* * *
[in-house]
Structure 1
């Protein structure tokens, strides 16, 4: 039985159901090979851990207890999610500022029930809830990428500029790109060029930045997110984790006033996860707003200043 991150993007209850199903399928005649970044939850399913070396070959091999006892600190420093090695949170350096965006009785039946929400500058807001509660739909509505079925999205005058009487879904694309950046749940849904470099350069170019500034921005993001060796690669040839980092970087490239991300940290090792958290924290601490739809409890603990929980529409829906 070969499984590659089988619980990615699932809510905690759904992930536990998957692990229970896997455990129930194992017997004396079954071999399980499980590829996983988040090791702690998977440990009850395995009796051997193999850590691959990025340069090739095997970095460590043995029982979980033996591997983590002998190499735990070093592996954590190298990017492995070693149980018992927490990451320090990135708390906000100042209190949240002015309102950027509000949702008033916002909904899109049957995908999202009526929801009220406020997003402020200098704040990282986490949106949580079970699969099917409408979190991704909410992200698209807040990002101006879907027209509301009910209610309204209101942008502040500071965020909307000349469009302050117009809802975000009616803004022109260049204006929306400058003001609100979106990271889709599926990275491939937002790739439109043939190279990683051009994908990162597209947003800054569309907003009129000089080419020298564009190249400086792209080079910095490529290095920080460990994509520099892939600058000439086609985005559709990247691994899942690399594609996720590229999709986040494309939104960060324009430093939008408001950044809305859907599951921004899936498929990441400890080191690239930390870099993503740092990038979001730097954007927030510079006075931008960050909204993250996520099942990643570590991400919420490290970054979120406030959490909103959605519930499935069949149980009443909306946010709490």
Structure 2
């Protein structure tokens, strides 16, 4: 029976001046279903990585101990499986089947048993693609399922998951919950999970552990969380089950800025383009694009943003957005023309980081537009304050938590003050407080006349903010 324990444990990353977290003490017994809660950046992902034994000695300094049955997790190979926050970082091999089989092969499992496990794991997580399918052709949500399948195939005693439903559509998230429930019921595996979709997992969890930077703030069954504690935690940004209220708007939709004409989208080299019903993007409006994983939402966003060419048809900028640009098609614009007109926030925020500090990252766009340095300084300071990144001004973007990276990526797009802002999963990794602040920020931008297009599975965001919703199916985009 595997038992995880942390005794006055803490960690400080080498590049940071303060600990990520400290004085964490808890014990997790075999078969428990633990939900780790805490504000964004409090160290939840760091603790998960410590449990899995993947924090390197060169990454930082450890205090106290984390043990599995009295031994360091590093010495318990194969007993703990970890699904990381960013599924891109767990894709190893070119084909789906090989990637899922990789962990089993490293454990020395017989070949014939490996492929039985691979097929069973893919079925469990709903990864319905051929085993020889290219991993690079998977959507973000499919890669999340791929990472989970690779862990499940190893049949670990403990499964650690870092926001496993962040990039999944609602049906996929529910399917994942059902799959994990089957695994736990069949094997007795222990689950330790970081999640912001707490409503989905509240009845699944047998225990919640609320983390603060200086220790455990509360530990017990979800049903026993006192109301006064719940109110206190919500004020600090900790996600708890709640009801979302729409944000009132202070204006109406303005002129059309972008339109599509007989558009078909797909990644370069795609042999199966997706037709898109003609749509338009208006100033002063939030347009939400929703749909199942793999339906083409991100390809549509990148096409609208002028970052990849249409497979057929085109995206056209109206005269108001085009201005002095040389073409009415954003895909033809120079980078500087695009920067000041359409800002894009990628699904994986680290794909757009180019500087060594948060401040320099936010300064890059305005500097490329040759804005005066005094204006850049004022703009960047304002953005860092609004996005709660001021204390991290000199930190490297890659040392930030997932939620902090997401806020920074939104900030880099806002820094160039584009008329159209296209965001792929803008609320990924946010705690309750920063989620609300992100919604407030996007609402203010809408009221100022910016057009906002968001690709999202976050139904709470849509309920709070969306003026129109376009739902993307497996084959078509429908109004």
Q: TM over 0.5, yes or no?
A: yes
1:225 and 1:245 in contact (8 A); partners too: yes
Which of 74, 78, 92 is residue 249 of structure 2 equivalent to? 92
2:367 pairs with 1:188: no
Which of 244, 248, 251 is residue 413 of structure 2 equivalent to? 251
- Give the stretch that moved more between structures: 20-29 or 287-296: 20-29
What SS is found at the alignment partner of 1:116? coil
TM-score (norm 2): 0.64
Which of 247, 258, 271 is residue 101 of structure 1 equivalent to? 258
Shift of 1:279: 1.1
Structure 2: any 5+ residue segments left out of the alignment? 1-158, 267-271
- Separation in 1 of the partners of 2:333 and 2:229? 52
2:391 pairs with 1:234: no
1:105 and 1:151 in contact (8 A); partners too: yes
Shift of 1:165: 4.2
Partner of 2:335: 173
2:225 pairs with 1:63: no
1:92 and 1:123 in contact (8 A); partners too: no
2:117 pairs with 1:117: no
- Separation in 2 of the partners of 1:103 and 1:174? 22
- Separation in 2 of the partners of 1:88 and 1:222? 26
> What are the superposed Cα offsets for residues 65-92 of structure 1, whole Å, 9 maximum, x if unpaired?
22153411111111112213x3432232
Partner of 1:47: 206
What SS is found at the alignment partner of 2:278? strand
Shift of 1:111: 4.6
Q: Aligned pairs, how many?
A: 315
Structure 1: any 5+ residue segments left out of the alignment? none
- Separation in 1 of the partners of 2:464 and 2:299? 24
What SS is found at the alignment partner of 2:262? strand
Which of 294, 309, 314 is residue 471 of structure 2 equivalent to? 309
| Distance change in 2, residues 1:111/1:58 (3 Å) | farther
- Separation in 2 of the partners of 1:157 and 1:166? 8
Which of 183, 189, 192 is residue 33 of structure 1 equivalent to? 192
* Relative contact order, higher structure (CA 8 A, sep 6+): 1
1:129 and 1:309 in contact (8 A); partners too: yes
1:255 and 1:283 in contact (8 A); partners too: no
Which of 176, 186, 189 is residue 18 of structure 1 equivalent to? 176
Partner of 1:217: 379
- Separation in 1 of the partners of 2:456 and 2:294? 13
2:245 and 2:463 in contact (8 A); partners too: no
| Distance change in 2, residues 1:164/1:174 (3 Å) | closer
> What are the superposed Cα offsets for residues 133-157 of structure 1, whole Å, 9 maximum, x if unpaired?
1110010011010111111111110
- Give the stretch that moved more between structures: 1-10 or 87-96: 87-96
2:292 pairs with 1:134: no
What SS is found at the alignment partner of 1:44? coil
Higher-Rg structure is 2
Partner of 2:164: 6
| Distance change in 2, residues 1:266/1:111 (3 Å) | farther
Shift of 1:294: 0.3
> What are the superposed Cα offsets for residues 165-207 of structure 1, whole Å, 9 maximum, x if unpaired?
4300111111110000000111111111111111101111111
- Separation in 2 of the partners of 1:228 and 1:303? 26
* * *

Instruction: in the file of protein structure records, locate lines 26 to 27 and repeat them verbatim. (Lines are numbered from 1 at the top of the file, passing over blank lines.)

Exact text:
- Separation in 2 of the partners of 1:103 and 1:174? 22
- Separation in 2 of the partners of 1:88 and 1:222? 26